Che Guevara at the La Coubre memorial service
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Alberto Korda took this popular photograph for a Cuban newspaper on 5 March 1960, at a memorial service in Havana. Mr Korda still has the photograph’s negative and the camera that took it. Che Guevara was a key figure in Cuba’s 1959 revolution alongside Fidel Castro, who still rules the country. When Che Guevara was killed by the Bolivian army in October 1967, he was hailed a martyr to the revolution. The photo has been a rallying image in student revolts ever since.
A 22 year old Ernesto Guevara in 1951 while in Argentina
From Wikipedia, the free encyclopedia
Ernesto Guevara de la Serna or Ernesto “Che” Guevara (June 14, 1928 – October 9, 1967), commonly known as Che Guevara, El Che, or simply Che, was an Argentine Marxist revolutionary, politician, author, physician, military theorist, and guerrilla leader. After his death, his stylized image became a ubiquitous countercultural symbol worldwide.
Che Guevara wrote in 1960:
“After graduation, due to special circumstances and perhaps also to my character, I began to travel throughout America, and I became acquainted with all of it. Except for Haiti and Santo Domingo, I have visited, to some extent, all the other Latin American countries. Because of the circumstances in which I traveled, first as a student and later as a doctor, I came into close contact with poverty, hunger and disease; with the inability to treat a child because of lack of money; with the stupefaction provoked by the continual hunger and punishment, to the point that a father can accept the loss of a son as an unimportant accident, as occurs often in the downtrodden classes of our American homeland. And I began to realize at that time that there were things that were almost as important to me as becoming famous for making a significant contribution to medical science: I wanted to help those people”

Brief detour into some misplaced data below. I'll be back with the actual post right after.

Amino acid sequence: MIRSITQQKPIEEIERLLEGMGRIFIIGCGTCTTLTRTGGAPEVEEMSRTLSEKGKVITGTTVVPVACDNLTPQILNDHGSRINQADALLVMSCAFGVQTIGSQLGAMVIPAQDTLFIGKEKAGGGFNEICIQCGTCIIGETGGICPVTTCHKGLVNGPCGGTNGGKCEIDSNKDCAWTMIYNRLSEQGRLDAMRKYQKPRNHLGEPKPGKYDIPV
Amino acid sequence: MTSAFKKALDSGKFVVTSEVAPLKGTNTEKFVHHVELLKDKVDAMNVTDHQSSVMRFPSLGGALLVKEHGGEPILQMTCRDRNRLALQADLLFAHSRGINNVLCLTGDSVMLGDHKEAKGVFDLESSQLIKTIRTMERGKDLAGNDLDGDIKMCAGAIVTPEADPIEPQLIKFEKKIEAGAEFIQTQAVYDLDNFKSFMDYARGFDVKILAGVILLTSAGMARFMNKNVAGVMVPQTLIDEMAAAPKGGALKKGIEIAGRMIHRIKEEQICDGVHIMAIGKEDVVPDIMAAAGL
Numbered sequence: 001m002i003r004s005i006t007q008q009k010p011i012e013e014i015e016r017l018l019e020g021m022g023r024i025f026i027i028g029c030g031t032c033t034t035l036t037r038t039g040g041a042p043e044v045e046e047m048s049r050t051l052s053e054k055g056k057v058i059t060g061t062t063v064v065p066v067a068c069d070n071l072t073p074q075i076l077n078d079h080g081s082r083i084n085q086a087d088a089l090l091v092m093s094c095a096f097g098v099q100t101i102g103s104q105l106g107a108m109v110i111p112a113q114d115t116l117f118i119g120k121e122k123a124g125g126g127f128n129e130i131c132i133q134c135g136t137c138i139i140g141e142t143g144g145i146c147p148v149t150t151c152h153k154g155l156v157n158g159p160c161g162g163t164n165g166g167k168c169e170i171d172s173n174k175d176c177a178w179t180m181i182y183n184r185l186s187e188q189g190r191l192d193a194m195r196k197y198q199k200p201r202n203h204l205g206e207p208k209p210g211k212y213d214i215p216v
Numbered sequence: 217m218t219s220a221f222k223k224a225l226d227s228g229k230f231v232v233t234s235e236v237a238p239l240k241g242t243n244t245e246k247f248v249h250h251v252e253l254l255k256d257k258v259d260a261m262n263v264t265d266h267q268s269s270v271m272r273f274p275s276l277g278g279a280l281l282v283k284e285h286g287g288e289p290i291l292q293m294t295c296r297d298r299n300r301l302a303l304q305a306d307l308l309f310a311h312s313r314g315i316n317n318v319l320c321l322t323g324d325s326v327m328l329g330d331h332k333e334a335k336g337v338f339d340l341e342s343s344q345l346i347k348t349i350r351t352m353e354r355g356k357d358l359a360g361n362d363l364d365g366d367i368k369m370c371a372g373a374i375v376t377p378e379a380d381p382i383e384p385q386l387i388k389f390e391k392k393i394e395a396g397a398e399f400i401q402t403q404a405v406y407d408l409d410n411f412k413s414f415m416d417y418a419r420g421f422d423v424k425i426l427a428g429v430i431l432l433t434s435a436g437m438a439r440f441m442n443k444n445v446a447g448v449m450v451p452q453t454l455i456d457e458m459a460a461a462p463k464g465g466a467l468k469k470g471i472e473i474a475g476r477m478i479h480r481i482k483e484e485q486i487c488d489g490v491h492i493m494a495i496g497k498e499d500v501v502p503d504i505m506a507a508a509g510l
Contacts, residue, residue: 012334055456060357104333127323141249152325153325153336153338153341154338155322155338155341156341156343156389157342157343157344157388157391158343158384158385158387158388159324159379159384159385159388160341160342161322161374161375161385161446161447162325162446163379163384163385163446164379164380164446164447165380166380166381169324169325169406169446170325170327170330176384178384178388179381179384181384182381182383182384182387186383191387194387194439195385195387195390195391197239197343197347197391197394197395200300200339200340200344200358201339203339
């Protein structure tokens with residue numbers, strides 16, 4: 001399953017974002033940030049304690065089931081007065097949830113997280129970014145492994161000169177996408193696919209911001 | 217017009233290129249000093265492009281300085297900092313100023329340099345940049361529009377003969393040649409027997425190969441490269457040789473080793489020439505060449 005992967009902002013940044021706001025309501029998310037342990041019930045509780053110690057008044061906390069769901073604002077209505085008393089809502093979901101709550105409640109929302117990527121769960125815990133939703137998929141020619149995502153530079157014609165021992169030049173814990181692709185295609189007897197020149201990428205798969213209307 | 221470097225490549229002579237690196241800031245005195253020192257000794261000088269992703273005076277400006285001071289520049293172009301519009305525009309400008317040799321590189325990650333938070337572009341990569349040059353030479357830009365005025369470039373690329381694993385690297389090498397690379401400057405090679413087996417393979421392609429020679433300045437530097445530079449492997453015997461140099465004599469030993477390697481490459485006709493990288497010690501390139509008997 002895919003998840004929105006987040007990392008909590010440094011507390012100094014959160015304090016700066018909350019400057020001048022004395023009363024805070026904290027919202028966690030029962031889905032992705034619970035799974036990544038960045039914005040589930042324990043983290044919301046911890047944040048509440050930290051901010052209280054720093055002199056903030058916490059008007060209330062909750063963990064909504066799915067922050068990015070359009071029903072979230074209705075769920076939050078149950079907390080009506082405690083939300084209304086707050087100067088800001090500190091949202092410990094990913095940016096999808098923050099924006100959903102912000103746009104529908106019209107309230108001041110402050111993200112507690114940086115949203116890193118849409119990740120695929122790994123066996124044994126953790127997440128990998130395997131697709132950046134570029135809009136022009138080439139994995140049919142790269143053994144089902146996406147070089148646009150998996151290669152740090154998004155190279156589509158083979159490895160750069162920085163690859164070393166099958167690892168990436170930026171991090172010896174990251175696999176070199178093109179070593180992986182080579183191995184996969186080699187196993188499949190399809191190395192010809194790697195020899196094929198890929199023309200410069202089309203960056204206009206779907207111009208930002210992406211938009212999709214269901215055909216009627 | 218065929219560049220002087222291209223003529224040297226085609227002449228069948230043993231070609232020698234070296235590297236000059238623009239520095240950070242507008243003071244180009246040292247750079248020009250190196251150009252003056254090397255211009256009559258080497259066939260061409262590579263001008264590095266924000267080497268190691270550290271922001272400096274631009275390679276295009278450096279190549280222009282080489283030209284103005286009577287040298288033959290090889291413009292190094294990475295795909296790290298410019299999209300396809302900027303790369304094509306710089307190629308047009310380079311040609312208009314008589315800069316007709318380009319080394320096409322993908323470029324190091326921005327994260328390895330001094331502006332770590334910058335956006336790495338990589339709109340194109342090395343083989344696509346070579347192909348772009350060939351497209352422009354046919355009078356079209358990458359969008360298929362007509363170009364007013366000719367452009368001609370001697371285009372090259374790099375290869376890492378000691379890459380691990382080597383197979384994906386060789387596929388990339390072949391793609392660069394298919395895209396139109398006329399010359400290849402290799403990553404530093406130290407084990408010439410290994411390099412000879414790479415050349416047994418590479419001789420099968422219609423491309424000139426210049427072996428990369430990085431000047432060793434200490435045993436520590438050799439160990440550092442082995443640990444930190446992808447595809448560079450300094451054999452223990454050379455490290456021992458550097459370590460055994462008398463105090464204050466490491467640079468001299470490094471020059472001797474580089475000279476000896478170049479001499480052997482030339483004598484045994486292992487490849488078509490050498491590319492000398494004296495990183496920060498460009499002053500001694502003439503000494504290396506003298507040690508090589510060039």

Some view Che Guevara as a hero; for example, Nelson Mandela referred to him as “an inspiration for every human being who loves freedom” while Jean-Paul Sartre described him as “not only an intellectual but also the most complete human being of our age.” Guevara remains a beloved national hero to many in Cuba, where his image adorns the 3 $ Cuban Peso and school children begin each morning by pledging “We will be like Che.”
In his native homeland of Argentina, where high schools bear his name, numerous Che museums dot the country, which in 2008 unveiled a 12 foot bronze statue of him in his birth city of Rosario. Additionally, Guevara has been sanctified by some Bolivian campesinos as “Saint Ernesto”, to whom they pray for assistance.
Conversely, others view him as a spokesman for a failed ideology and as a ruthless executioner. Johann Hari, for example, writes that “Che Guevara is not a free-floating icon of rebellion. He was an actual person who supported an actual system of tyranny.” Detractors have also theorized that in much of Latin America, Che-inspired revolutions had the practical result of reinforcing brutal militarism for many years. He also remains a hated figure amongst many in the Cuban exile community, who view him with animosity as “the butcher of La Cabaña.”